The world is quite happy to oblige us in helping us celebrate the resurrection of Jesus Christ, as if we needed any help. In its grosser, more obvious forms, the pre-Easter deluge of candy, cards, flowers artificial and natural, and the rest is in our faces long before the world is really ready for them. It’s as if it wants to fool itself as well as us, into thinking that Easter is a springtime renewal holiday, a sort of ‘out with the old, in with the new’ holiday, at best a kind of spiritual spring cleaning, as if we could ever really clean ourselves.
But that’s what the world likes to think, and it’d be only too happy if the Christians, for whose sake the world goes to all this trouble, would just settle down and get with the program. Unfortunately, there’s a fringe group of these ‘incredible Christians’ that seems to want to push something else at the world. Well, patience and forbearance isn’t the monopoly of these fanatics. The world can be patient too. Along with its helpers, satan, and the flesh, the world never seems to tire of taking over our lives, even the smallest details.
So we find ourselves going to church services to celebrate Easter, after which many communities have fun activities for the children like Easter egg hunts, and of course, there’s plenty of chocolate bunnies and marshmallow chickies to go around. Those Christians who belong to communities that try to take the season more seriously, prepare themselves with fasting, prayer, confession and good works, then trade all this abstinence for an extravaganza on the night of Pascha.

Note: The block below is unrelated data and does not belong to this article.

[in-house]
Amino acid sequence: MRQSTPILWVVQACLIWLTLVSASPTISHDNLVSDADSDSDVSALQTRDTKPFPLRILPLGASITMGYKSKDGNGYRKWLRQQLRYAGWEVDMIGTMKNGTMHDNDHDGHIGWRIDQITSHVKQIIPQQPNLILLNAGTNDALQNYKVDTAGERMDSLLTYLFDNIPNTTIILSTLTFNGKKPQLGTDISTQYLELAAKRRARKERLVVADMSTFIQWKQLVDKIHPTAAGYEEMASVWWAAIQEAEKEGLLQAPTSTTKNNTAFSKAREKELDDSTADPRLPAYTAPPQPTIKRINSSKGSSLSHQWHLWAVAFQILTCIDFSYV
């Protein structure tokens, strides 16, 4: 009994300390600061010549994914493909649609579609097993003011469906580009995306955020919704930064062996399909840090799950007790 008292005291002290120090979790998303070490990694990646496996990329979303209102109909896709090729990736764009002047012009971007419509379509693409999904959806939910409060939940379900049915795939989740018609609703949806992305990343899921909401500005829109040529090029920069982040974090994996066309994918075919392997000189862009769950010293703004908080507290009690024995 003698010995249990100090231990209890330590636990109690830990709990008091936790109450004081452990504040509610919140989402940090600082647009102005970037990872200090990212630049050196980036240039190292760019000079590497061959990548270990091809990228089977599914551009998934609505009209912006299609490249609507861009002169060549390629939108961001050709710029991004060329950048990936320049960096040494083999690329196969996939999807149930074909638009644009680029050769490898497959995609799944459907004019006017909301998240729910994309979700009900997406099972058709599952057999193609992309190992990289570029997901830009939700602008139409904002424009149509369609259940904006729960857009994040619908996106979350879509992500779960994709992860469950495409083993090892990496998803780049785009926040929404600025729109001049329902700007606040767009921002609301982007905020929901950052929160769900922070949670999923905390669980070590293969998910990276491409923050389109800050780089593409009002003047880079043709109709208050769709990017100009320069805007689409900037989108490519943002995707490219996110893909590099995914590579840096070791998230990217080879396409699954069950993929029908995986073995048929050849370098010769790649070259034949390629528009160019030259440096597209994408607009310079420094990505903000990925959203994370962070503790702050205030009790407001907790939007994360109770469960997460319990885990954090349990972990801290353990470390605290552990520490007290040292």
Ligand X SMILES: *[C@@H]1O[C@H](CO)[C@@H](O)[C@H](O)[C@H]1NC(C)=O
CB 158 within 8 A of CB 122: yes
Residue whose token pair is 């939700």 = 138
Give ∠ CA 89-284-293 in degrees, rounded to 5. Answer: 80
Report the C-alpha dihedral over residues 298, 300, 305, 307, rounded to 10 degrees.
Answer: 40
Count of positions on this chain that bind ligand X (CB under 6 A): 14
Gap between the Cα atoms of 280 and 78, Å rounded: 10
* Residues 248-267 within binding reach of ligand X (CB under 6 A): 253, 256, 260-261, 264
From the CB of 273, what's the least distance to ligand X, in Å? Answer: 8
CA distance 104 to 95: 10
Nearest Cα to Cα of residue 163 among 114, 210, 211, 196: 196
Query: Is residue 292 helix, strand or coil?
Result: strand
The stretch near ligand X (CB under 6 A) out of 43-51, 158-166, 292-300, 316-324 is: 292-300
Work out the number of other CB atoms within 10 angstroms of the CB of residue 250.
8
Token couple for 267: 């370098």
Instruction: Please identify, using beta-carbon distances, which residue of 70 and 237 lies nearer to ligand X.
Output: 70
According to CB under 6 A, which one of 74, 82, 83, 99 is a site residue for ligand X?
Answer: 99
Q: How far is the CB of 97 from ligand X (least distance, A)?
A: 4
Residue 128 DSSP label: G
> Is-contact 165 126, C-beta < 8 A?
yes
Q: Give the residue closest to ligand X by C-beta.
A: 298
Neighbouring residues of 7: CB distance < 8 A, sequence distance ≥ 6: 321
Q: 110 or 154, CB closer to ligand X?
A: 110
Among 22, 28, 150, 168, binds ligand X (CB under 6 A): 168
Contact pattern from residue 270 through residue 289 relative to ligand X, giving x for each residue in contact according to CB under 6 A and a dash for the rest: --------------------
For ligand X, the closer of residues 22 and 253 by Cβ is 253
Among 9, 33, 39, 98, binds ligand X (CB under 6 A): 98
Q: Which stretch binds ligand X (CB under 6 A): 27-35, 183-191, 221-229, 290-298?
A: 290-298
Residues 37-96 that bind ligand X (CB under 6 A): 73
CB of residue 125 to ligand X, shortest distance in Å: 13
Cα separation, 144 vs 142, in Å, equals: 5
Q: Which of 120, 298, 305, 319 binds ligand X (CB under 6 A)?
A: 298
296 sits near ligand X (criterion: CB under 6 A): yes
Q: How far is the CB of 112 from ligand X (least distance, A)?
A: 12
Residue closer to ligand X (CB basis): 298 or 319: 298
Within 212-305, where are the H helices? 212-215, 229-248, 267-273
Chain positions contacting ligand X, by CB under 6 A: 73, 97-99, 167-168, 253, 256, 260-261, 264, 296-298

There’s certainly nothing wrong with celebrating Pascha, the Lord’s Passover, with feasting and other delights. In fact, Holy Church has been encouraging us to do this at least ever since John Chrysostom preached his famous sermon that we still read in Greek and English at the end of the Resurrection service…
Do you honor God? Do you love Him?
—here’s the very feast for your pleasure.
Are you His servants, knowing His wishes?
—be glad with your Master, share His rejoicing.
Are you worn down with the labor of fasting?
—now is the time of your payment.
Have you been working since early morning?
—now you will be paid what is fair.
Have you been here since the third hour?
—you can be thankful, you will be pleased.
If you came at the sixth hour,
you may approach without fearing:
you will suffer no loss.
Did you linger till the ninth hour?
—come forward without hesitation.
What though you came at the eleventh hour?
—have no fear; it was not too late.
God is a generous Sovereign,
treating the last to come as He treats the first arrival.
He allows all His workmen to rest—
those who began at the eleventh hour,
those who have worked from the first.
He is kind to the late-comer
and sees to the needs of the early,
gives to the one and gives to the other:
honors the deed and praises the motive.
Join, then, all of you, in our Master’s rejoicing.
You who were the first to come, you who came after,
come and collect now your wages.
Rich men and poor men, sing and dance together.